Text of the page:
FIG. 1 is a block diagram of a speech recognition system embodying the principles of the present invention;
FIG. 2 is a grammar network representation of a grammar implemented by the system of FIG. 1;
FIG. 3 is a graph depicting cumulative hypothesis scores appearing at various nodes of the, grammar network of FIG. 2;
FIG. 4 is a tree structure illustrating an expanded representation of the grammar network of FIG. 2;
FIG. 5 is a recursive transition network representation of the grammar of FIG. 2;
FIGS. 6-10 show how the grammar represented by the grammar network of FIG. 2 is evolved in response to speech input in accordance with the principles of the invention;
FIG. 11 shows a prototypical Hidden Markov Model state diagram presented to facilitate explanation of how an aspect of the system of FIG. 1 is implemented;
FIG. 12 shows mixture probabilities for mixtures processed by a mixture probability processor within the system of FIG. 1;
FIG. 13 illustrates a three state, three mixture Hidden Markov Model; and
FIG. 14 is a flow chart depicting the operation of the system of FIG. 1.
For clarity of explanation, the illustrative embodiments of the present invention are presented as comprising individual functional blocks. The functions these blocks represent may be provided through the use of either shared or dedicated hardware, including, but not limited to, hardware capable of executing software. Illustrative embodiments may comprise, for example, digital signal processor (DSP) hardware or a workstation executing software which performs the operations discussed below. Very large scale integration (VLSI) hardware embodiments of the present invention, as well as hybrid DSP/VLSI embodiments, may also be provided.
The present invention is directed to a grammar-based connected recognition system that recognizes connected input by instantiating a grammar in real time. In the preferred embodiment, the grammar instantiation is evolved by selectively creating and destroying portions of the grammar instantiation using what we refer to as "ephemeral models" as explained more fully hereinbelow. In the illustrative embodiment, the system is a speaker-independent speech identification system using what we refer to as "ephemeral Hidden Markov Models." However, the invention is equally applicable to other types of identification, such as handwriting identification.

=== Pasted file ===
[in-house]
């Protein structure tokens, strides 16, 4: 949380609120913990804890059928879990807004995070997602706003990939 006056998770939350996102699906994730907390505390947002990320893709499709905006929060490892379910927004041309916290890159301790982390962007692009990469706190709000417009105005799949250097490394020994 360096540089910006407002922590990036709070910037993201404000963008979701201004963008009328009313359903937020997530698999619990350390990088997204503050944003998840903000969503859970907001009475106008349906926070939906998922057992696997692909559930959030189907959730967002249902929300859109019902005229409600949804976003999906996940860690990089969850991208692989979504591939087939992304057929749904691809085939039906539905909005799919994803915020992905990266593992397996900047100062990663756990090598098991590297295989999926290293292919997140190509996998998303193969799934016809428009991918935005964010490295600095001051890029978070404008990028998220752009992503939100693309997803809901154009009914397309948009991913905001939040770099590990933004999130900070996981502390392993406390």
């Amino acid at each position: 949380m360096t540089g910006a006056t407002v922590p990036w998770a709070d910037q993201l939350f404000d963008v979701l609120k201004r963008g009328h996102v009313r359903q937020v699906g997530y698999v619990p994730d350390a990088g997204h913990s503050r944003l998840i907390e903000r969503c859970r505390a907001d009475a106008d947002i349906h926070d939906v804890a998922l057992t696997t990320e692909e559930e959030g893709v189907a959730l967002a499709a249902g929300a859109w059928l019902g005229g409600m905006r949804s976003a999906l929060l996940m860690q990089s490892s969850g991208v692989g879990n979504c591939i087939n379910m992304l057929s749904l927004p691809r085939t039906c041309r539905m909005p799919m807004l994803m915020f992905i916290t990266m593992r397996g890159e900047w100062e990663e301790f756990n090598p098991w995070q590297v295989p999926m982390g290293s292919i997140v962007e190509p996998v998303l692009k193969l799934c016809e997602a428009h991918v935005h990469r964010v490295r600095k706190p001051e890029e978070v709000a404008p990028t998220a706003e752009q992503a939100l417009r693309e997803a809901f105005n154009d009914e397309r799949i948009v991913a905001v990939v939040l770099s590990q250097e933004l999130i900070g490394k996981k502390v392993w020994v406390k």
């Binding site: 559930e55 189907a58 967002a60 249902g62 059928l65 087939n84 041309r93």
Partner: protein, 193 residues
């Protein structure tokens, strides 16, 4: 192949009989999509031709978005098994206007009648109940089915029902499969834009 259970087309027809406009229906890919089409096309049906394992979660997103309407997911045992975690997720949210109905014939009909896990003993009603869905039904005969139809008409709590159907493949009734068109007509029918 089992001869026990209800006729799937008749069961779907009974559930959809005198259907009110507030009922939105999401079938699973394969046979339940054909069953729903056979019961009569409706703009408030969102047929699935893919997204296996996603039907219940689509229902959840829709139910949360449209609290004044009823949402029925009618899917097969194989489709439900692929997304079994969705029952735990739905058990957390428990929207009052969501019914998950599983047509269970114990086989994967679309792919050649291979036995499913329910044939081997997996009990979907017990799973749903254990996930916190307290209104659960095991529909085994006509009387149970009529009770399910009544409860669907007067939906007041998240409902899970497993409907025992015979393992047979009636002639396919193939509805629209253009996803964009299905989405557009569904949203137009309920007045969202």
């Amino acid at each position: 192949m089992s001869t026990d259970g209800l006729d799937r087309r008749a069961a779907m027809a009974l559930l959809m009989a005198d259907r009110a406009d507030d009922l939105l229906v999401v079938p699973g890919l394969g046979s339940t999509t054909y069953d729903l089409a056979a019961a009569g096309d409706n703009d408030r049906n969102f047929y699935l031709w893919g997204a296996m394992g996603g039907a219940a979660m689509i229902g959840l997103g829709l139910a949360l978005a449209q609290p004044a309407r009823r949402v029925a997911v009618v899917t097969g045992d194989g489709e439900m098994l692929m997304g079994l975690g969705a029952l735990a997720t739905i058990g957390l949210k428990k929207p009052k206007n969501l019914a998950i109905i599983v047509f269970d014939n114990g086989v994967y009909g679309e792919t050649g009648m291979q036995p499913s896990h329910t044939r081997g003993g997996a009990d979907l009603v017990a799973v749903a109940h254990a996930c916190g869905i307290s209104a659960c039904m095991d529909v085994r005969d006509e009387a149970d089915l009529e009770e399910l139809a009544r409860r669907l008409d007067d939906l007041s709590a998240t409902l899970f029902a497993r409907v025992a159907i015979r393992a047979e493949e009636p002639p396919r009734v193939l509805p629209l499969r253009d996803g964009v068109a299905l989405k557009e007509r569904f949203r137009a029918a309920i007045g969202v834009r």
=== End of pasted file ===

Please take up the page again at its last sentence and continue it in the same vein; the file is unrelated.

Attention is first directed to FIG. 1 which is a block diagram of a speech recognition system 100 embodying the principles of the invention. The recognition system 100 includes a number of functional blocks including, a linear-predictive-coding-(LPC)-based feature extractor 105, a vector quantizer 110, a mixture probability processor 115, a phone probability processor 120, a word probability processor 125, a grammar processor 130, and a traceback processor 135. The functionality of each block of the recognition system may be performed by a respective different processor, or the functionality of several or all blocks may be performed by the same processor. Furthermore, each stage can include multiple processing elements. The stages are pipelined and their operations are synchronized with the rate at which frames of the incoming speech signal are generated.
With the exception of the manner in which grammar processor 130 controls and interacts with word probability processor 125, the structure and operation of the system are conventional.
In particular, feature extractor 105 derives a set of LPC parameters from an incoming speech signal or speech input which defines the identifying characteristics of the speech input. The incoming speech signal is sampled in a sequence of overlapping frames during a corresponding sequence of frame periods. Feature extractor 105 thereupon produces so-called cepstral features from the LPC parameters which represent the frame being processed. Illustratively, 12 cepstral and 12 delta cepstral features are produced. Vector Quantizer (VQ) 110 is an optional stage which is included in the recognition system 100 to reduce computation requirements. Specifically, VQ 110 represents the various cepstral features in an efficient manner.
Signals containing the cepstral features for a particular incoming speech signal frame are transmitted from VQ 110 to mixture probability processor 115. Several mixtures are produced from the signals, those mixtures constituting a phone representation of the frame in question. A phone representation is a phonetic model of the speech signal frame. The mixture probability processor 115, in conventional fashion, computes the "mixture" components, or scores, which are then applied to phone probability processor 120. The latter generates feature scores--more particularly, phone scores--from the mixture component scores. Each of the phone scores indicates the probability that a respective phoneme was uttered during the speech signal frame period in question.
Word probability processor 125 contains a) prototypical word models--illustratively Hidden Markov Models (HMMs)--for the various words that the system of FIG. 1 is capable of recognizing, based on concatenations of phone representations. and b) data structures for instantiations of an HMM. In this context, the term "instantiation" of an HMM refers to the allocating of memory space within word probability processor 125 and the establishment of data structures within that space needed in order to process phone scores in accordance with the HMM in question. (A particular HMM requires a different instantiation for each different appearance of the word in question within the grammar.)